More than half a million Victorian households and businesses accessed energy saving upgrades in 2022
19 September 2023
Over 535,000 Victorian households and businesses benefitted from energy efficient upgrades through the Victorian Energy Upgrades program in 2022, which is expected to save over 7.8 million tonnes of greenhouse gas emissions.
The Victorian Energy Upgrades program is the largest energy efficiency program in Australia, providing Victorians access to discounted energy-saving products and activities.
over 818,000 energy efficient upgrades were delivered across more than 535,000 Victorian households and business premises in 2022
energy efficient upgrades delivered in 2022 are expected to generate 10.7 gigawatt hours of energy savings
over 7.8 million Victorian energy efficiency certificates were registered in 2022, which is expected to save more than 7.8 million tonnes of greenhouse gas emissions
consumer demand for the program is growing with 25 per cent more upgrade activities delivered through the program than in the previous year
69 per cent of upgrade activities were undertaken in metropolitan Melbourne; 31 per cent in regional Victoria.
“With cost-of-living pressures adding up, consumers are looking for trusted, effective and sustainable solutions to manage their energy usage and energy bills,” commissioner and chairperson, Kate Symons, said.
“Households and businesses who participated in the Victorian Energy Upgrades program in 2022 can expect estimated average annual savings of $100 and $2,117 respectively on their bills.”
Since the program was established in 2009, more than two million households and 150,000 Victorian businesses have accessed energy efficient upgrades through the program to reduce their energy usage and save on their energy bills.
“This equates to around 78.5 million tonnes of expected greenhouse gas emission savings and valuable savings off participating consumers’ energy bills,” Commissioner Symons said.
The program also encourages investment, employment and innovation in industries that supply energy efficient products and services.
In 2022, the most common household upgrades were in-home display unit installations and weather sealing products. More businesses sought large or bespoke upgrades involving a range of energy saving technologies in 2022, with retail and manufacturing businesses leading the way.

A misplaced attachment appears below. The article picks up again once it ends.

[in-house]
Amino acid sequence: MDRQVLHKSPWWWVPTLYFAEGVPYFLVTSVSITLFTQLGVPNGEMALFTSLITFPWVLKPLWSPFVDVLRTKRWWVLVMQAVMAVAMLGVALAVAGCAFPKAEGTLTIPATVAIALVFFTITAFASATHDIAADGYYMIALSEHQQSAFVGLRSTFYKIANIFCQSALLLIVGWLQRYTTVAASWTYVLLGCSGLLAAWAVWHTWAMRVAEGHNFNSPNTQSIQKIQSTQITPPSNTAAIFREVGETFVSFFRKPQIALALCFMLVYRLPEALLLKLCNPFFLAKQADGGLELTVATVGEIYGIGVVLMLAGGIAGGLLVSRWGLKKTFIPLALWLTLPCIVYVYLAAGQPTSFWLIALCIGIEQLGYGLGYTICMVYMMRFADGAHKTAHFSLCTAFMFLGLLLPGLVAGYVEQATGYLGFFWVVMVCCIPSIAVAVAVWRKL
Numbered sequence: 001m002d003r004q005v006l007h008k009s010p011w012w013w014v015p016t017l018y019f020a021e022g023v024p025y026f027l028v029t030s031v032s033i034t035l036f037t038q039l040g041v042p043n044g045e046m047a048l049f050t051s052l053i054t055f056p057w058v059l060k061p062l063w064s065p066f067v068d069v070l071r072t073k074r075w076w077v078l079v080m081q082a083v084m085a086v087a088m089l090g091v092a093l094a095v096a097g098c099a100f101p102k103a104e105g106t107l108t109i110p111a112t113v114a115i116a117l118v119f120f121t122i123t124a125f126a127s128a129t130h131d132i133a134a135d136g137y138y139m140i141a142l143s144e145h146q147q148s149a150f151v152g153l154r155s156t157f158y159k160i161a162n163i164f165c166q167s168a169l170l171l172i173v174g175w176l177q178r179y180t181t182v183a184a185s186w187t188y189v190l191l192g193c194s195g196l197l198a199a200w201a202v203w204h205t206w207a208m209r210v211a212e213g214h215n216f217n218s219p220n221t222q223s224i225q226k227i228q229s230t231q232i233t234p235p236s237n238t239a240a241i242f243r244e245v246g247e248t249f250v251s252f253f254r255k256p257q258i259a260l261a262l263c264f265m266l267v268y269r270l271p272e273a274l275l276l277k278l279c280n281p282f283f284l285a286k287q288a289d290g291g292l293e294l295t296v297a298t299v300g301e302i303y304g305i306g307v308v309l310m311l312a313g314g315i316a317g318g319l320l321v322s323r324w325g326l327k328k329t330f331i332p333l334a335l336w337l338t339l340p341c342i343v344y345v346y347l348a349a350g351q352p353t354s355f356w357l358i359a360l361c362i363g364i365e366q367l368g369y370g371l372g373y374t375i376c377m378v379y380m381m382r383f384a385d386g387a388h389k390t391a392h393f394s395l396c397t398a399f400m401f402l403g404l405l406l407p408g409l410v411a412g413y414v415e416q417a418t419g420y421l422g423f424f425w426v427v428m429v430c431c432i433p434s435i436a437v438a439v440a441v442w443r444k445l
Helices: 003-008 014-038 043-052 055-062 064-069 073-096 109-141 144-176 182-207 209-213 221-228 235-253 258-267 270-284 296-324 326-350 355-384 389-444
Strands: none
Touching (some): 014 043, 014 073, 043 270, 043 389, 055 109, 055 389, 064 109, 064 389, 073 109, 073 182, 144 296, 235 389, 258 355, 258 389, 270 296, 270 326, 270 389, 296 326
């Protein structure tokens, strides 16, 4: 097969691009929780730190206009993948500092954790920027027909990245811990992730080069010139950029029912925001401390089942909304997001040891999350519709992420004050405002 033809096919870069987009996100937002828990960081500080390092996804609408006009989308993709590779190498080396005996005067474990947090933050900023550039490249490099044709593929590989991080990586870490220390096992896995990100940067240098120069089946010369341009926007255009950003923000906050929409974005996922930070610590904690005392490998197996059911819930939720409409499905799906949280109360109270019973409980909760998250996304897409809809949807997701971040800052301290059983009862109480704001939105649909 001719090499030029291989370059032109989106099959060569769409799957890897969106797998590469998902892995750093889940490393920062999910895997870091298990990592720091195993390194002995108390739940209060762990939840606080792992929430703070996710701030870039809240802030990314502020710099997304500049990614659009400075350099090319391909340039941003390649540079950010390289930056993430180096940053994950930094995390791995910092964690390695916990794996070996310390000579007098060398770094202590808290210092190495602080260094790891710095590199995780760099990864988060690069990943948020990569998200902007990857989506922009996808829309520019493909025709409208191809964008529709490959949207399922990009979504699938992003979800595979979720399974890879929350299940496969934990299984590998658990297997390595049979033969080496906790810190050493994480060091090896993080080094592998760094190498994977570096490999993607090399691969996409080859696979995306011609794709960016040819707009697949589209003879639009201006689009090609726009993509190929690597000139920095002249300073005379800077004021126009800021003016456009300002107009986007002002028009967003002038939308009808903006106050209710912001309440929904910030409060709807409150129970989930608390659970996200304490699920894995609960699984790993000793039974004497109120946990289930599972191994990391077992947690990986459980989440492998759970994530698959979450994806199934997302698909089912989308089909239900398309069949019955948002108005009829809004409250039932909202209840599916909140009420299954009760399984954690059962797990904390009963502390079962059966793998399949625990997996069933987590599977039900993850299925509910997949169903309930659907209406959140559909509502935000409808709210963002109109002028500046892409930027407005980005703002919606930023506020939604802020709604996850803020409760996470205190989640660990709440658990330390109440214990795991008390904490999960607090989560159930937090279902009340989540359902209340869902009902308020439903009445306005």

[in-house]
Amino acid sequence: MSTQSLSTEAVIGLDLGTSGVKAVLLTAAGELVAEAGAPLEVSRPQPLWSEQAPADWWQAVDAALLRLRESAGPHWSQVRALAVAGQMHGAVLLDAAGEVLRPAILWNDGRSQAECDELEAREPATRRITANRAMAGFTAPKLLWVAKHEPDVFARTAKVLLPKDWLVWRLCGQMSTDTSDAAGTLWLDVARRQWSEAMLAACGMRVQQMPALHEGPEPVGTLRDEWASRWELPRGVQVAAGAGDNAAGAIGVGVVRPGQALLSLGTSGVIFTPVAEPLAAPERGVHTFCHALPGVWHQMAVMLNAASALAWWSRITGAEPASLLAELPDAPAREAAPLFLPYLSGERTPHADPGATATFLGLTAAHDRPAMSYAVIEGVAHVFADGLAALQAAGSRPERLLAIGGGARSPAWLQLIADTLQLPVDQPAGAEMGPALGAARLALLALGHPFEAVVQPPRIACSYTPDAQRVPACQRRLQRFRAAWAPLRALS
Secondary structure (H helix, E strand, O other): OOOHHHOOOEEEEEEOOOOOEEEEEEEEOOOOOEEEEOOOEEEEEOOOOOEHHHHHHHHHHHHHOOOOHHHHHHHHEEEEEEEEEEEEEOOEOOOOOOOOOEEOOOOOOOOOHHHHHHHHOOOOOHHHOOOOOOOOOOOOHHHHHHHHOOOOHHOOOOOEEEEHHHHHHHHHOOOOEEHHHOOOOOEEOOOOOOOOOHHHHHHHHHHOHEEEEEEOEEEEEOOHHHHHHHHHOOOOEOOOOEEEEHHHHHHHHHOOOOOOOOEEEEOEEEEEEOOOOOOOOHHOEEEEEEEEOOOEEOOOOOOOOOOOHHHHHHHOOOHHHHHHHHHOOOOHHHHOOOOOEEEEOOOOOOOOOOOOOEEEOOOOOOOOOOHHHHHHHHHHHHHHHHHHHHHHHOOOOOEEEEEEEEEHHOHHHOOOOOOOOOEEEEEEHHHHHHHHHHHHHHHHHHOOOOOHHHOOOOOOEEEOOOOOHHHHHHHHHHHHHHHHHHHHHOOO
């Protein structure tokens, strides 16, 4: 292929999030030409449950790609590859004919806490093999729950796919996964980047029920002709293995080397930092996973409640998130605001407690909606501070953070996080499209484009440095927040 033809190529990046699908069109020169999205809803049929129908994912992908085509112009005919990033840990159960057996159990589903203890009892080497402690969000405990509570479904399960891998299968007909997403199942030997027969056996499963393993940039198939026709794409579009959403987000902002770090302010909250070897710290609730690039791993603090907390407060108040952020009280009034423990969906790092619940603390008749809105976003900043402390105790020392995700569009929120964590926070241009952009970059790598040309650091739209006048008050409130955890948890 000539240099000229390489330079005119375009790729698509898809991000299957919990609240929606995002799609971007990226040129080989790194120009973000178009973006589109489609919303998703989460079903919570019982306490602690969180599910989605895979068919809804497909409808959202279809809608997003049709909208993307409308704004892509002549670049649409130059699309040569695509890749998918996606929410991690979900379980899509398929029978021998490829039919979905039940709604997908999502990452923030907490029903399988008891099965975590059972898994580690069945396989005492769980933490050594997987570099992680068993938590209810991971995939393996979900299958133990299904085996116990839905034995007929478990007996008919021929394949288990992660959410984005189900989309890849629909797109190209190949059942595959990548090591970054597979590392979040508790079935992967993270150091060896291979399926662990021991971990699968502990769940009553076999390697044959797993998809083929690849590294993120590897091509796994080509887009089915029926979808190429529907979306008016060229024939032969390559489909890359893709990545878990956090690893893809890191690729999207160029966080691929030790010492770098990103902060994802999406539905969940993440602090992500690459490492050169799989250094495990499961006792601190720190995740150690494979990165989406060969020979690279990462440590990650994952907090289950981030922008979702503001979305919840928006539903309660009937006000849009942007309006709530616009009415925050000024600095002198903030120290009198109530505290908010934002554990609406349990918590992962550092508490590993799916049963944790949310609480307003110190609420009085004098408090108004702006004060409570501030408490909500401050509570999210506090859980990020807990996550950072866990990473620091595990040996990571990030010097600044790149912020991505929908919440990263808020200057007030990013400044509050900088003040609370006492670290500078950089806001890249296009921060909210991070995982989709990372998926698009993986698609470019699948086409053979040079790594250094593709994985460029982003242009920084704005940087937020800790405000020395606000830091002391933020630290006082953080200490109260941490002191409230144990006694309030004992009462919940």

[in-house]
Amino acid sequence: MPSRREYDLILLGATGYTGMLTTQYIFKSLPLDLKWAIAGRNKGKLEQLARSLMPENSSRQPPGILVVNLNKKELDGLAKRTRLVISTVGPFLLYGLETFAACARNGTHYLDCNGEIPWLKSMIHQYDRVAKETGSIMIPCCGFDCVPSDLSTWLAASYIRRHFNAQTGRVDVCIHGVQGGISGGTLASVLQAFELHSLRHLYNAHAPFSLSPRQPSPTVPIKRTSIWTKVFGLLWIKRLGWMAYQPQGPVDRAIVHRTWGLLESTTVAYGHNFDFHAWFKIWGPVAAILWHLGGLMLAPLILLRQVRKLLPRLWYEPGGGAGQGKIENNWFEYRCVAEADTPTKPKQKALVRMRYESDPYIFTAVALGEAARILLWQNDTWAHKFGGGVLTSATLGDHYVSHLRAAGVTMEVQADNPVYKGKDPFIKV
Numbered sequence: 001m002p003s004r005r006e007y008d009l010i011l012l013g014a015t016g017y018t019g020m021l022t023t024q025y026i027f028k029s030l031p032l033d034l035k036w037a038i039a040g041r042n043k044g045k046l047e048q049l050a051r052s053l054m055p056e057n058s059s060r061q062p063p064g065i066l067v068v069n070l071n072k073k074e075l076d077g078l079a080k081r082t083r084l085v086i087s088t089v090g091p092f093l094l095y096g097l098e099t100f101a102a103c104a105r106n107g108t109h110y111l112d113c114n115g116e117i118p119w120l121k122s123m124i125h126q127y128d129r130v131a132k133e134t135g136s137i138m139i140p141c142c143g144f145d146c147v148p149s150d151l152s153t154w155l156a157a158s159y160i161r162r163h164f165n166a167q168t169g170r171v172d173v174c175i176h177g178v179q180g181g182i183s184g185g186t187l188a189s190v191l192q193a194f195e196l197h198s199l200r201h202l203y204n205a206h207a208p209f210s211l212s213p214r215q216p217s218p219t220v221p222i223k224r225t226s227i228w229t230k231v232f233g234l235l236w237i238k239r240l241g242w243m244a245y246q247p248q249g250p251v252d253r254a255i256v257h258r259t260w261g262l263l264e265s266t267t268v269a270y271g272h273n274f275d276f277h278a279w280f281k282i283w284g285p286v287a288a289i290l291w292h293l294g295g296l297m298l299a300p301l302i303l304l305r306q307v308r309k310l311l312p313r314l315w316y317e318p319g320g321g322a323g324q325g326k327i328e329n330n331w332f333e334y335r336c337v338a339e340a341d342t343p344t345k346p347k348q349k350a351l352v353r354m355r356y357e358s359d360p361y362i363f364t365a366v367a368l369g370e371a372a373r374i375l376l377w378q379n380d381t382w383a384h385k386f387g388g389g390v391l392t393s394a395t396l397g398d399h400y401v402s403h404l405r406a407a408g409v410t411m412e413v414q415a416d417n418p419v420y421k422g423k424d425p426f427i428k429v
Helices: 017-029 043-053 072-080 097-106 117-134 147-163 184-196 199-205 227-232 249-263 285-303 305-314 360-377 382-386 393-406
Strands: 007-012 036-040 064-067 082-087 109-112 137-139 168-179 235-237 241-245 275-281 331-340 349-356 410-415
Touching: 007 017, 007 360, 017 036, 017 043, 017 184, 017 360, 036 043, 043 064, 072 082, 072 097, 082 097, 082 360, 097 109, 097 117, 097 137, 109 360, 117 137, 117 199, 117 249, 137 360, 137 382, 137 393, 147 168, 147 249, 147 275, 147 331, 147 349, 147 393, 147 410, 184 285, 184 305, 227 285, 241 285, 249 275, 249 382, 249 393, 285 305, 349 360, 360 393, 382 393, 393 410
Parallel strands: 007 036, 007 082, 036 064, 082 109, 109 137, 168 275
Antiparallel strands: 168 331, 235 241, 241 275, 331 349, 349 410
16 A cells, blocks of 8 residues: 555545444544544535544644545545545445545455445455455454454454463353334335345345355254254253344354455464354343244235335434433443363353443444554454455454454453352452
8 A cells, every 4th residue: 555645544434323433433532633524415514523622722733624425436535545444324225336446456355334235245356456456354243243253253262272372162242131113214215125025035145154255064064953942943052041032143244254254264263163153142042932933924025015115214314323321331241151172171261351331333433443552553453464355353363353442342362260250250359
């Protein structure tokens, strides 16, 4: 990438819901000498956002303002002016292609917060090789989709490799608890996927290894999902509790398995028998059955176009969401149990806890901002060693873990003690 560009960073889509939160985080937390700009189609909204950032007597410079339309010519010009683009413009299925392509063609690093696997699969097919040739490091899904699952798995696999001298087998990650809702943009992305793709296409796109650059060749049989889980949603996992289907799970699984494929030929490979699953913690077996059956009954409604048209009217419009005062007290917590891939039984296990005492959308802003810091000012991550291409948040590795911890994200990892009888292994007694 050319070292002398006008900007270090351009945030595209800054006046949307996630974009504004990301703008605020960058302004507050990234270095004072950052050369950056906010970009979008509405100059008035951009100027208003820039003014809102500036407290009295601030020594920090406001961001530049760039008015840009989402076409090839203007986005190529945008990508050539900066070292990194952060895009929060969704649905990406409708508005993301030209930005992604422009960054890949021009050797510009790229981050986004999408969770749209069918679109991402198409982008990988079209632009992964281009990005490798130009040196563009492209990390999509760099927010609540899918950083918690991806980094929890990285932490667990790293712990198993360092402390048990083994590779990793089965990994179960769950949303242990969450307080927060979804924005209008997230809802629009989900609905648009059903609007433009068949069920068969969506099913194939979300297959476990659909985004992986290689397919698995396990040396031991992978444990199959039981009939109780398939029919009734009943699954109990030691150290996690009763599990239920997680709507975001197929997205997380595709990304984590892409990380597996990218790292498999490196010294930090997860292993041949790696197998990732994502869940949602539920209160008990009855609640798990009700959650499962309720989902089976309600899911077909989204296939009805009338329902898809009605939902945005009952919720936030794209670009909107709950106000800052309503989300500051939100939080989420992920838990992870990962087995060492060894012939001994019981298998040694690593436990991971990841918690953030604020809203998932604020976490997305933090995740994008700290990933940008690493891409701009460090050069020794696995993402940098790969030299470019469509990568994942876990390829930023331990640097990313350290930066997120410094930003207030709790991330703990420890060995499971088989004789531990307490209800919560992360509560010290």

Oak Park Primary School Principal Michael Gill has praised the program, with his school one of the many premises to benefit from upgrades in 2022, replacing 256 inefficient fluorescent tubes, compact fluorescent lamps, and metal halide lamps with energy efficient LED lamps.
“The Victorian Energy Upgrades program has enabled the school to upgrade our lighting at virtually no cost and has the potential to save us thousands of dollars,” Principal Michael Gill said.
“I would encourage other schools to participate.” The report also outlines the commission’s compliance and enforcement actions in 2022 to address alleged behaviours, conduct and outcomes that harm the program.
1,020 audits and 20 investigations
compliance and investigation activities resulted in the surrender (that is return to the program for no payment) of 13,020 certificates by accredited persons due to alleged non-compliance – equivalent to over $900,000 worth of certificates
two accredited persons suspended, and accreditation of one accredited person revoked
over $1.5 million in shortfall penalties was paid by seven energy retailers.
New laws and program requirements were introduced in 2022 to strengthen the program in the long-term interest of Victorian consumers, including the enforceable code of conduct applicable to all participants operating under the program.
The reforms also include stronger compliance and enforcement powers for the commission, including introducing penalties for contraventions of certain rules for all accredited persons providing services under the program. The commission can now take direct enforcement action against scheme participants, such as installers who do not comply with the code of conduct.
“These reforms reflect the growing value of the program to consumers and its critical contribution to Victoria’s climate action plan,” Commissioner Symons said.
“As the program administrator and regulator, the commission is committed to upholding the program rules and implementing reforms to build a stronger program for Victorian consumers.”